For Audi, sustainability means reducing CO2 emissions throughout a car’s entire life cycle. When it comes to electric cars, the question lies in the manufacturing process rather than in the exhaust pipe. And that’s precisely the starting point for the company and its suppliers.
We live beyond our means. The figures from 2019 speak for themselves: July 29 was the day on which we consumed all the natural resources that the Earth theoretically provided us with for the year. Earth Overshoot Day is the benchmark for humanity’s ecological footprint. Every year, it is brought further forward in the calendar. At present, we are consuming the resources of around 1.75 Earths.
According to Global Footprint Network, halving our CO₂ emissions would push back Earth Overshoot Day by 93 days and make a significant contribution to combating climate change. Not only is decarbonising the economy our best possible chance of addressing climate change, but it would also vastly improve the balance between our ecological footprint and the planet’s renewable natural resources.
Reducing CO2 emissions is therefore the most important action we can take. Recognising its responsibility, the Volkswagen Group was one of the first companies to sign up to the Paris Climate Agreement and set itself the target of becoming carbon neutral by 2050. Audi is also at the start of a major transformation - by 2025, it aims to reduce its carbon footprint by 30 percent. Various measures have already been implemented to drive forward progressive decarbonisation.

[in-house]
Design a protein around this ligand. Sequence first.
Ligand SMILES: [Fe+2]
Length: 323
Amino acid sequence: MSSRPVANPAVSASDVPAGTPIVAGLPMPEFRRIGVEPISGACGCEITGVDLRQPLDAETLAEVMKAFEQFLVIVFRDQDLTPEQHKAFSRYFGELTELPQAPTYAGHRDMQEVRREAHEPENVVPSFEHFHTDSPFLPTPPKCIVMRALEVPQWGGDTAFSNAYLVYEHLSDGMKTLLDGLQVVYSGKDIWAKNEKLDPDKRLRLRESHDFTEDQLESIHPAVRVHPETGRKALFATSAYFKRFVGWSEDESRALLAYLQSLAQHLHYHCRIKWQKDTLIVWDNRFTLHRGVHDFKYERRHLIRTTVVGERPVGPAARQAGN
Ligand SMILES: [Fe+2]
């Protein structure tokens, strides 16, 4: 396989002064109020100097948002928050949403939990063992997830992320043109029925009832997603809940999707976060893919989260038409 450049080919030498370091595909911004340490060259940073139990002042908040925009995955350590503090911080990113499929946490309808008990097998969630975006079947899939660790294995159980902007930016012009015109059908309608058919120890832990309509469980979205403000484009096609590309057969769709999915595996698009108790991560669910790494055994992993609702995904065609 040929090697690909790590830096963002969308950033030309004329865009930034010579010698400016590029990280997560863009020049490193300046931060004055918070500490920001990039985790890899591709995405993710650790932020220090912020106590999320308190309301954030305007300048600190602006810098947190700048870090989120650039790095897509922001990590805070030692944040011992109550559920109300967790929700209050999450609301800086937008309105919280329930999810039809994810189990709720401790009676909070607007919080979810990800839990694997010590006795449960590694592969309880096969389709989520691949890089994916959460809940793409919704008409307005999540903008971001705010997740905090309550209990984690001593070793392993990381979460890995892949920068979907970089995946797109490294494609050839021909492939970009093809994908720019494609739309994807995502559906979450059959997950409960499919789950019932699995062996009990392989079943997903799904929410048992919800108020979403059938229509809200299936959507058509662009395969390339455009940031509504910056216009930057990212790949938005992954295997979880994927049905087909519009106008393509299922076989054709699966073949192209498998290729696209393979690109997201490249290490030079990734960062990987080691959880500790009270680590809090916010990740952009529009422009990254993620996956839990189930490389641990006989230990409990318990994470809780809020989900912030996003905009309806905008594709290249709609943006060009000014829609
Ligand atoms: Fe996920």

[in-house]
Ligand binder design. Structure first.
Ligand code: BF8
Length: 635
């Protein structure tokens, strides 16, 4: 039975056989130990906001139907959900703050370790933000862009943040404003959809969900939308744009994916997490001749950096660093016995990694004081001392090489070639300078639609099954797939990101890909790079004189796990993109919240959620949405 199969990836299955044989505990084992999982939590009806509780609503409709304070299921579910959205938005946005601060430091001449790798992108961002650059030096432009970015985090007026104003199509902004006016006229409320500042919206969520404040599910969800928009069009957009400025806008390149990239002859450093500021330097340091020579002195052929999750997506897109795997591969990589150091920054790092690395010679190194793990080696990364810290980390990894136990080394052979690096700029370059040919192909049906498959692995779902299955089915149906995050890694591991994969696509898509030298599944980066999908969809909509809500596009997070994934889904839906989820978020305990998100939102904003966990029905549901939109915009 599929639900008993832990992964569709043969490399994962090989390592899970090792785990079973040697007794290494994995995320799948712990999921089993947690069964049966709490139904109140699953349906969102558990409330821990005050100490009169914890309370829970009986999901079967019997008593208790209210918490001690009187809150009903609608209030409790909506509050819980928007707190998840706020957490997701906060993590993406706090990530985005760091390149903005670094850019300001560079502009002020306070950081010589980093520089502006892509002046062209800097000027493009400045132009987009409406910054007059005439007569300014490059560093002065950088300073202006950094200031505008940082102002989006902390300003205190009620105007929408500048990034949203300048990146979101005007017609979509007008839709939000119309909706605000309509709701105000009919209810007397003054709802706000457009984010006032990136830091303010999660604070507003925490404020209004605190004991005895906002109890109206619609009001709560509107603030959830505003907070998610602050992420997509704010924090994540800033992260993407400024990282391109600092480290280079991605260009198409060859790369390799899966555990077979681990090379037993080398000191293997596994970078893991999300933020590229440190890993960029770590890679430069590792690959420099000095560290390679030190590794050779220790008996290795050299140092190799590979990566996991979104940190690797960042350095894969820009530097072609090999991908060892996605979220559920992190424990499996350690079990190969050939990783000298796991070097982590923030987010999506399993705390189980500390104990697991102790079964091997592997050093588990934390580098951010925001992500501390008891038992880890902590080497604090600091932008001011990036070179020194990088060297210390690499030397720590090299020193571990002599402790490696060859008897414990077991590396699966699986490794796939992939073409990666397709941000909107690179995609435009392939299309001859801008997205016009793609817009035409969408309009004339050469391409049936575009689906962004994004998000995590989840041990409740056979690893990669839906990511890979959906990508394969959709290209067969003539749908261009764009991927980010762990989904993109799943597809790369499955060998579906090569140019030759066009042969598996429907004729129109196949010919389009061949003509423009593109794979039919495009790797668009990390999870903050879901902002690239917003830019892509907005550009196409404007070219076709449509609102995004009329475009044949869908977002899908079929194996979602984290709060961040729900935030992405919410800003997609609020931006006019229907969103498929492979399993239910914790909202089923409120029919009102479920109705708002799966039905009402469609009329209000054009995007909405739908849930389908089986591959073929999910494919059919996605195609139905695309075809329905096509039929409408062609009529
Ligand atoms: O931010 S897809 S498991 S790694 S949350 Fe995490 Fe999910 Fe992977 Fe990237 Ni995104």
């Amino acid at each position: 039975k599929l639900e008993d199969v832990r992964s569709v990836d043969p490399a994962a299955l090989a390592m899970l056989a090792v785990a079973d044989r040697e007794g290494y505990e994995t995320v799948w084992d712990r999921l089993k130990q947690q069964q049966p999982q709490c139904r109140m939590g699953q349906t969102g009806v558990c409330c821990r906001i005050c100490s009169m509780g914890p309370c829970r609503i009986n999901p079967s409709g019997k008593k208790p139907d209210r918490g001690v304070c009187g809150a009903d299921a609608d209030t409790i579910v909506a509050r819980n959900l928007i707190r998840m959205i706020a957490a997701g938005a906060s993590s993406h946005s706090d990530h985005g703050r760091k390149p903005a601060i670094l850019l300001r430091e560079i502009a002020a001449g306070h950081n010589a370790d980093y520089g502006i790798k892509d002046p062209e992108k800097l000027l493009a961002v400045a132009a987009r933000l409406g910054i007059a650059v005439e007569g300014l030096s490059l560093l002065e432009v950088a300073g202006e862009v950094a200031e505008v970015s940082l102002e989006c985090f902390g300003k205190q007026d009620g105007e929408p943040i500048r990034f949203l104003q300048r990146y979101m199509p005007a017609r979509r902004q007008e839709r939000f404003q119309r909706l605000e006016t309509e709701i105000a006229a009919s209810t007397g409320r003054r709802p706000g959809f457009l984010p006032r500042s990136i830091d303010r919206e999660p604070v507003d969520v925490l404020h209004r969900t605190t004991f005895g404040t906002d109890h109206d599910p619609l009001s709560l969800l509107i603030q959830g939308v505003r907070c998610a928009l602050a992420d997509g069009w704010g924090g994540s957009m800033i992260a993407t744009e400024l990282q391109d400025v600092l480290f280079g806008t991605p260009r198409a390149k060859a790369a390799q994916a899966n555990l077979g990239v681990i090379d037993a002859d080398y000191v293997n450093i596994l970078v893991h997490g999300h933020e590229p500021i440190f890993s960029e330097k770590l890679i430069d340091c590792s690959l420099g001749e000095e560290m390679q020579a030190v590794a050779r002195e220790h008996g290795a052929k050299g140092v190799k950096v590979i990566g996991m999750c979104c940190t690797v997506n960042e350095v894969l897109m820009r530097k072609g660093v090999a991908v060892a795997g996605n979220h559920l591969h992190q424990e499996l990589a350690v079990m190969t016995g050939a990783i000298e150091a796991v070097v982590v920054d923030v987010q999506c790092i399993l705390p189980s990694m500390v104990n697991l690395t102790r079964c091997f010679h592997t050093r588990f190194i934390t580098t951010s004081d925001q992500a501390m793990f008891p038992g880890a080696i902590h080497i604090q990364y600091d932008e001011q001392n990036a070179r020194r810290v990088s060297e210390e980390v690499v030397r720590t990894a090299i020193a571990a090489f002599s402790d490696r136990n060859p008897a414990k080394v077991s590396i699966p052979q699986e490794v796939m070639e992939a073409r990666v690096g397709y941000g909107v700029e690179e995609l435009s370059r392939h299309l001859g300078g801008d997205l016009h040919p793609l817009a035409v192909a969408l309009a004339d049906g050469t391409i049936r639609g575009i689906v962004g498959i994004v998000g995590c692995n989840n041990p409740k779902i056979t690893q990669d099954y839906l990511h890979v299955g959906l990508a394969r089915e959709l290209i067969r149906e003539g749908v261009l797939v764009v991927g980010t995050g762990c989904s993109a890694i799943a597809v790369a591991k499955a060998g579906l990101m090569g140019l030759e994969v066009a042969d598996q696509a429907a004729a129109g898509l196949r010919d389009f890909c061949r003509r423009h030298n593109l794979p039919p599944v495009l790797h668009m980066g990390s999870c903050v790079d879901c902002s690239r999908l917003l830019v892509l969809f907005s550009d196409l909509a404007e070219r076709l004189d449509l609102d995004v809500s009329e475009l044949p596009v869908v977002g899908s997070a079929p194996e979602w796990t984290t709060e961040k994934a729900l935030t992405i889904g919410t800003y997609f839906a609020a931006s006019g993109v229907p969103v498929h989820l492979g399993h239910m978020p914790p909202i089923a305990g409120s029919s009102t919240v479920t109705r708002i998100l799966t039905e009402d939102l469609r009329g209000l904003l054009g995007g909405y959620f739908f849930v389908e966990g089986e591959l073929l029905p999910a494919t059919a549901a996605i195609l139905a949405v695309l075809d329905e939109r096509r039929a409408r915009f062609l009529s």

Consistent electrification of its vehicle fleet will help the company achieve its targets. But it must make the right adjustments to fully leverage the potential, in particular by cutting emissions during manufacture. The energy revolution also plays a decisive role: using green electricity vastly improves electric cars’ environmental balance over their entire life span.
The circular economy
Audi’s goal is an ambitious one - the creation of a circular economy. To achieve its goal, a multi-level approach is necessary, and this is precisely the strategy that Audi and the Volkswagen Group have adopted on the journey towards carbon neutrality. The vision consists of three “commandments”: reduce, reuse, recycle.
Audi’s approach is working. Projects such as the Aluminium Closed Loop, where offcuts are returned to suppliers and recycled, make a significant contribution to decarbonising the company and saving resources. Reuse can also drastically reduce the demand for new raw materials. The aim is to promote the use of secondary materials. Apart from aluminum and steel, materials for the battery offer great potential in particular, and a research project has tested a closed loop for recycling cobalt and nickel.
Supply chain efficiency
The switch to electric mobility shifts the balance in terms of CO₂ production, and means that the most of emissions are generated in the supply chain. Almost a quarter of all CO₂ emissions will be produced at Audi in 2025 from the supply chain and production processes. To combat this, the company initiated a specific programme a year ago that involves cost-cutting measures across all levels of the supply chain.